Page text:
Evan had a sharp intake of breath on the car ride home from karate last night.
"What's wrong?" I asked.
He sniffed and was breathing deeply. I glanced at his seat in the rear view mirror and saw him hunched over, holding his head and slowly rocking back and forth.
"Evan? WHAT is wrong? Are you ok??"
He tells me that he was dreaming while he was awake. He tells me that he doesn't want to talk about it. He tells me all of these things in terse, 3-word sentences and a catch in his voice.
I continue to pepper him with careful questions. I can see how quickly he is spiraling into a melt down, but cannot do anything to stop it. I know he had a vision of something horrific. I know, because he has had them before. I know, because I have them, too. Dreams can wash over us like a tsunami, knocking us off our feet and making it impossible to focus on anything other the immediate emergency in front of us.
"Are you worried about us? About Daddy? About Penny? What are you scared of, Evan?"
"I don't want to talk about it! Can you please just try to hurry home? Please, Mama?"
By some miracle, I caught every green light on the drive home. When you get 9 green lights in a row after your child has has a vision that petrifies him, you start to get a little anxious, as well. He finally lost control once we were safely inside the house. Crying and shaking, I held him in the kitchen for a long time.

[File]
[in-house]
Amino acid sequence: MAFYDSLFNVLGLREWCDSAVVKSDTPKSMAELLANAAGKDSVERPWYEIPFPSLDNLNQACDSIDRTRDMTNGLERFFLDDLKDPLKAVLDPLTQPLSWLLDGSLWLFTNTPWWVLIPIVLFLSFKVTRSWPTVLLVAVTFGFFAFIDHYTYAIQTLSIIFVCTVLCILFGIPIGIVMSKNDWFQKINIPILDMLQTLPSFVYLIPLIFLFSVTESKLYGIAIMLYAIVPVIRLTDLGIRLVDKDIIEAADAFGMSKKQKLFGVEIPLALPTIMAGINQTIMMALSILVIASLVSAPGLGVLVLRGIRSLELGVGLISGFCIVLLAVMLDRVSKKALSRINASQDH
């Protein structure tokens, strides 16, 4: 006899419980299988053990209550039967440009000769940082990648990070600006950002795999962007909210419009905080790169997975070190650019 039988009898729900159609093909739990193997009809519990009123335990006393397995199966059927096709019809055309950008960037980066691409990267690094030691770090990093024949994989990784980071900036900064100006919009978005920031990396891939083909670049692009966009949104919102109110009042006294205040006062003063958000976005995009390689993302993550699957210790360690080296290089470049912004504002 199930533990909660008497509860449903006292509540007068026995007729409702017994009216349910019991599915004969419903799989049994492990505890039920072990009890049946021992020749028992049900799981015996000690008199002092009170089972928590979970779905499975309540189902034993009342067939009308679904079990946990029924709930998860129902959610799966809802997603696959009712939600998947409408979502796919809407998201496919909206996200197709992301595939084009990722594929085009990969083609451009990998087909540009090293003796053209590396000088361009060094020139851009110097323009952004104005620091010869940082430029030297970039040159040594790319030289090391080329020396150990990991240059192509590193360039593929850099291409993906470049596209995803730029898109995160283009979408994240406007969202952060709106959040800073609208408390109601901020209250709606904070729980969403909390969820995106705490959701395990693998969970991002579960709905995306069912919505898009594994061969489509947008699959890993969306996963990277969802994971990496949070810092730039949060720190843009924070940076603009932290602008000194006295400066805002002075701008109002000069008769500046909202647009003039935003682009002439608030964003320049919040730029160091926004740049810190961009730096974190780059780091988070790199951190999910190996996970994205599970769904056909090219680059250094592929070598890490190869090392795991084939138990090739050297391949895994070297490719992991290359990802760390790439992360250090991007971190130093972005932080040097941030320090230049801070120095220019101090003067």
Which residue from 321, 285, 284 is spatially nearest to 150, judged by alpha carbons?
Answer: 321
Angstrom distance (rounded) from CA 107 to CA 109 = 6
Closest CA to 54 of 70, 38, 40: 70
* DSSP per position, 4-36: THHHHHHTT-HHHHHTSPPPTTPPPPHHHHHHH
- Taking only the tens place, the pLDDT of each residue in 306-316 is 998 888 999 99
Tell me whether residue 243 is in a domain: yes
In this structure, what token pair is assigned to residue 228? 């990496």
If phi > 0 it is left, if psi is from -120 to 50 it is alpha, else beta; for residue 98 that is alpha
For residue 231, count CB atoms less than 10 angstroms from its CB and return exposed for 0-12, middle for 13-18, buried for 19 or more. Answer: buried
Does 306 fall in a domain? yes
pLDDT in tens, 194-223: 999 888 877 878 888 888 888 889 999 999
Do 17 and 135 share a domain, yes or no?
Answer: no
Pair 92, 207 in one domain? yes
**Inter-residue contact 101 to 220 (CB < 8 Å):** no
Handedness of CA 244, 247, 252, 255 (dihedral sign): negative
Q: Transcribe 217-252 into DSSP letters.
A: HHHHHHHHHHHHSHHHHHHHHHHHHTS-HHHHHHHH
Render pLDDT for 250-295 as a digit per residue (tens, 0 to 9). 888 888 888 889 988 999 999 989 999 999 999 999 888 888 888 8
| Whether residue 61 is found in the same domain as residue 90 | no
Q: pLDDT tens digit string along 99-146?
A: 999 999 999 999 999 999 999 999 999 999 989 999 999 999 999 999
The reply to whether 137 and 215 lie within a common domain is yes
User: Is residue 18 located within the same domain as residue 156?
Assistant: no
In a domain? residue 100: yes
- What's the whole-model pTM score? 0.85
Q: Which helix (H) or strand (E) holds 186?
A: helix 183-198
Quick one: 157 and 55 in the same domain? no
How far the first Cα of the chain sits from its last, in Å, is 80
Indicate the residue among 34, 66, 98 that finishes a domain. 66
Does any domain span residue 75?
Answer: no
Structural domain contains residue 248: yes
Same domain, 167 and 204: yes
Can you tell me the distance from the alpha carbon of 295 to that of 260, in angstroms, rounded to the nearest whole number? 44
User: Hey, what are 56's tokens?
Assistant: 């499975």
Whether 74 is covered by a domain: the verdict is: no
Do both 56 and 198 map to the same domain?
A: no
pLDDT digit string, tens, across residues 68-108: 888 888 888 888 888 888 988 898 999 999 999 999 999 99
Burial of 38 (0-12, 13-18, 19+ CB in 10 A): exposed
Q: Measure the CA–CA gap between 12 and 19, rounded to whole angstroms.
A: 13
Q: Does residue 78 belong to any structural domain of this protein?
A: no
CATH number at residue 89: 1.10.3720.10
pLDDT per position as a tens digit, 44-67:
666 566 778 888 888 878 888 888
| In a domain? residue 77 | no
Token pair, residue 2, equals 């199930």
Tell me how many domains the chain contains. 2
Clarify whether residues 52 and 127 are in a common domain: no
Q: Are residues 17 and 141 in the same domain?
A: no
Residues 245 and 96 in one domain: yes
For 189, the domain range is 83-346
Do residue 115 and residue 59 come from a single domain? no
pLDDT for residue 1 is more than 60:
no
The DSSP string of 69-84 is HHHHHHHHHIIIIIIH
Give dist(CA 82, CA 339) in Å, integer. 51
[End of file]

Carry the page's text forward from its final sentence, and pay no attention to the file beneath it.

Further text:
"I wish I didn't understand honey, but I do. I'm sorry I gave you such a vivid mind that can have such realistic dreams. But at least you also got my good looks, right?"
He didn't find the humor in the situation and insisted we call his dad who was at basketball practice and wouldn't be home till late. Not till he had his entire family under the same roof could Evan finally come out of his funk. He still won't share what his dream was, and I know better than to pry it out of him.
He'll eventually tell me. It may be days or weeks or even several years from now, but he will tell me in his own time. It will be family-centered and positively horrible and will still upset him as much as it did last night. I know this about him. I know this about him because I know it about myself.
I wish I didn't pass this along to my middle child. Of all of my attributes, this isn't something I enjoy and wish he had been spared. But, as I said before, at least he is shockingly attractive, just like his mom.
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